In Germany, I began to experience what it was like to think in another language. Also, the way Germans looked at me—with curiosity but no racial baggage—was so different than Americans. I began to understand a little bit more about my own country and how I fit in or not.
The storm landed on August 29, 2005, right as winds mercifully dropped to 125 miles an hour, down from 175. But the real horror came afterward, in the wake of fifty-three levee breaches that caused New Orleans to fill up like a bathtub. When the air [...]
Letters of Note, a five-year-old blog run by Shaun Usher, is now a book. The blog offers correspondence “deserving of a wider audience” (as its tagline runs). When possible, Usher’s blog presents the letters in their original scans, preserving the quaint typewriter fonts, pretty letterheads, and handwritten annotations of their paper selves.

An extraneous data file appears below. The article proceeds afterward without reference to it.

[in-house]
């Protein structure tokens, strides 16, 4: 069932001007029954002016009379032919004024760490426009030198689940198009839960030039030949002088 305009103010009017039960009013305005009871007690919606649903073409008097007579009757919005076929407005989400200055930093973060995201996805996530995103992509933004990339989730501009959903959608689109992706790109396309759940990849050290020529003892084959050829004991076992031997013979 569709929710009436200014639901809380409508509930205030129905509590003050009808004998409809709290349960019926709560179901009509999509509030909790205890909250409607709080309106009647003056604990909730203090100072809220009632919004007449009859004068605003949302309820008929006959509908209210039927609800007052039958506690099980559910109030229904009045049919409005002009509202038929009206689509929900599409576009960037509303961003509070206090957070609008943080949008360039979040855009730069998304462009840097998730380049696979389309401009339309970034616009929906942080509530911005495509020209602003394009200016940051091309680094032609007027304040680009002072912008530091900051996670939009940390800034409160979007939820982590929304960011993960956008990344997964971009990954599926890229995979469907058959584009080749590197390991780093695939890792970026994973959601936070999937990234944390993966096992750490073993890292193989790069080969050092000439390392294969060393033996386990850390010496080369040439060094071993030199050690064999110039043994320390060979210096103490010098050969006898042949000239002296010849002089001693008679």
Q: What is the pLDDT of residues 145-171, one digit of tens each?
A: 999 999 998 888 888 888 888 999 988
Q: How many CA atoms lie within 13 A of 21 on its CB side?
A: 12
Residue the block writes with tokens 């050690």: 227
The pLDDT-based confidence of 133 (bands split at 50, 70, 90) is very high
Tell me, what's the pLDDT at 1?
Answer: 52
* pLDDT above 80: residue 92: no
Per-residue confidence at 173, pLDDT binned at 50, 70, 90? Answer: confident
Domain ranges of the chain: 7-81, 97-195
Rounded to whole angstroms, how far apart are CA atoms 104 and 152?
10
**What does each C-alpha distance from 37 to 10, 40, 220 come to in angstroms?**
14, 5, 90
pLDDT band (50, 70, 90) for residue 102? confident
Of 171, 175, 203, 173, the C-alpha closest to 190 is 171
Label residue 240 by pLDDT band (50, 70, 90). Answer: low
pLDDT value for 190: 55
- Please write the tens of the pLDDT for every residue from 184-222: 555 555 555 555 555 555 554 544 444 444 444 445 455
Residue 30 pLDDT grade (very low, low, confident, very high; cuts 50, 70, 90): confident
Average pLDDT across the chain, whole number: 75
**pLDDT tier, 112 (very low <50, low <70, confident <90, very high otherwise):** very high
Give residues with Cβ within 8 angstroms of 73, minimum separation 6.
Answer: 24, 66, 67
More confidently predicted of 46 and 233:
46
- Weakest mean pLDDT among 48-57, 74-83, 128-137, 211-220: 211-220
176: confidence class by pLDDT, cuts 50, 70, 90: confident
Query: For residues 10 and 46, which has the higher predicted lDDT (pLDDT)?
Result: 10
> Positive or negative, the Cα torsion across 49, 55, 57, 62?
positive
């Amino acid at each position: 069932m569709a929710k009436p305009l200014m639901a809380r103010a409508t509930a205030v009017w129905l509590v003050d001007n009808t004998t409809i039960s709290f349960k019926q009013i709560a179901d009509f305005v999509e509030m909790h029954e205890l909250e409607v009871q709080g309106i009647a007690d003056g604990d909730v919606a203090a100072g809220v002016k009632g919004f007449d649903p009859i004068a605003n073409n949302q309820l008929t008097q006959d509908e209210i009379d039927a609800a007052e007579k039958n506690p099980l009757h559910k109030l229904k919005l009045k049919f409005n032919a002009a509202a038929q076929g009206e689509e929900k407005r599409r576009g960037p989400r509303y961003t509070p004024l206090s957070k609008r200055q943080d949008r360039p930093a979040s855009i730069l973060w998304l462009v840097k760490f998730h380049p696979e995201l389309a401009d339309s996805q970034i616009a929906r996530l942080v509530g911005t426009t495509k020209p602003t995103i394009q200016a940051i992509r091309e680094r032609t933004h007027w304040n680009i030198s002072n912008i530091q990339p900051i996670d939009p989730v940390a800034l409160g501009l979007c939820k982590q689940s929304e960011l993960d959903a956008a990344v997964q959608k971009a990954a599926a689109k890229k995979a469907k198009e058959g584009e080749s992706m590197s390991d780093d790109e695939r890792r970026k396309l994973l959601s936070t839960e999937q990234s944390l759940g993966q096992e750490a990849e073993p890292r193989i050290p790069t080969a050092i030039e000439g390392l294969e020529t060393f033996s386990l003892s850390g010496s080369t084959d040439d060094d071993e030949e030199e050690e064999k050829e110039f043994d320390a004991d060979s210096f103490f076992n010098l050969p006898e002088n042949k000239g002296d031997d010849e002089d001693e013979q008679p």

Historian, activist, playwright, expert witness, and Red Sox fan Howard Zinn passed away on January 27, 2010, leaving a legacy of provocative scholarship and exemplary advocacy for social and economic justice, antimilitarism, and anti-imperialism. [...]
For nearly a hundred years the great body of official and personal papers left by Thomas Jefferson has formed an almost bottomless mine of material for the historian dealing with political as well as with social questions. Although there have been four editions of his writings, they have emphasized mainly the public papers, and the wealth of the private letters has not yet been exhausted.
The revival of interest in our early history which the last dozen years have witnessed, has brought about certain curious phenomena. None is more so than the tendency for picking up odd bits of information about various characters or events, appending them to documents usually already well studied and published, and printing the result with a loud hurrah.